Fascinating piece in The Times about the impact that MP3 compression has had on music fans.
Research has shown, however, that today’s iPod generation prefers the tinnier and flatter sound of digital music, just as previous generations preferred the grainier sounds of vinyl. Computers have made music so easy to obtain that the young no longer appreciate high fidelity, it seems.
The theory has been developed by Jonathan Berger, Professor of Music at Stanford University, California. For the past eight years his students have taken part in an experiment in which they listen to songs in a variety of different forms, including MP3s, a standard format for digital music. “I found not only that MP3s were not thought of as low quality, but over time there was a rise in preference for MP3s,” Professor Berger said.
He suggests that iPods may have changed our perception of music, and that as young people become increasingly familiar with the sound of digital tracks the more they grow to like it.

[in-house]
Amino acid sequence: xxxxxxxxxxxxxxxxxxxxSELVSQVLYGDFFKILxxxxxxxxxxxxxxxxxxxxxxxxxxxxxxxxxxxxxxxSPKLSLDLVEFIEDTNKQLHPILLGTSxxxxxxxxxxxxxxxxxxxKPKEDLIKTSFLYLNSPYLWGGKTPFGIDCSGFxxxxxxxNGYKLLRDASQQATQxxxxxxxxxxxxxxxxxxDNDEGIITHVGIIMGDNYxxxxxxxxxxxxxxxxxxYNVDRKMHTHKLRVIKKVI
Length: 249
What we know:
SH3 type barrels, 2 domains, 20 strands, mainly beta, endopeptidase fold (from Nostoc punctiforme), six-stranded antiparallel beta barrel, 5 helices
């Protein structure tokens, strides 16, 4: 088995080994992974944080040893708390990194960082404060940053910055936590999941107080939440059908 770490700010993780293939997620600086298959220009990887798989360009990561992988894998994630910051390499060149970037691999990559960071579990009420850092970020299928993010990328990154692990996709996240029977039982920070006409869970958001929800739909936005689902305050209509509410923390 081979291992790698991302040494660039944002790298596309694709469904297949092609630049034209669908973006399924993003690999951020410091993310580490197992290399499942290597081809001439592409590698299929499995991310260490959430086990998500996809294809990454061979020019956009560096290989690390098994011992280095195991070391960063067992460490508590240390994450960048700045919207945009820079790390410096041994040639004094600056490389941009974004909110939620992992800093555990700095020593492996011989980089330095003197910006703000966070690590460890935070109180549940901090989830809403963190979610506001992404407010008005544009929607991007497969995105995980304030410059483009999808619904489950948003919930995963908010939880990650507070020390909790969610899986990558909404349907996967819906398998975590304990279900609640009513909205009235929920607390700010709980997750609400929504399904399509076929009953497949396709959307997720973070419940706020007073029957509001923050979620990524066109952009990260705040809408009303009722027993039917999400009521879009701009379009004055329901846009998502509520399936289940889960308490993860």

He compared the phenomenon to the continued preference of some people for music from vinyl records heard through a gramophone. “Some people prefer that needle noise — the noise of little dust particles that create noise in the grooves,” he said. “I think there’s a sense of warmth and comfort in that.”
Music producers complain that the “compression” of some digital music means that the sound quality is poorer than with CDs and other types of recording. Professor Berger says that the digitising process leaves music with a “sizzle” or a metallic sound…
Worth reading in full.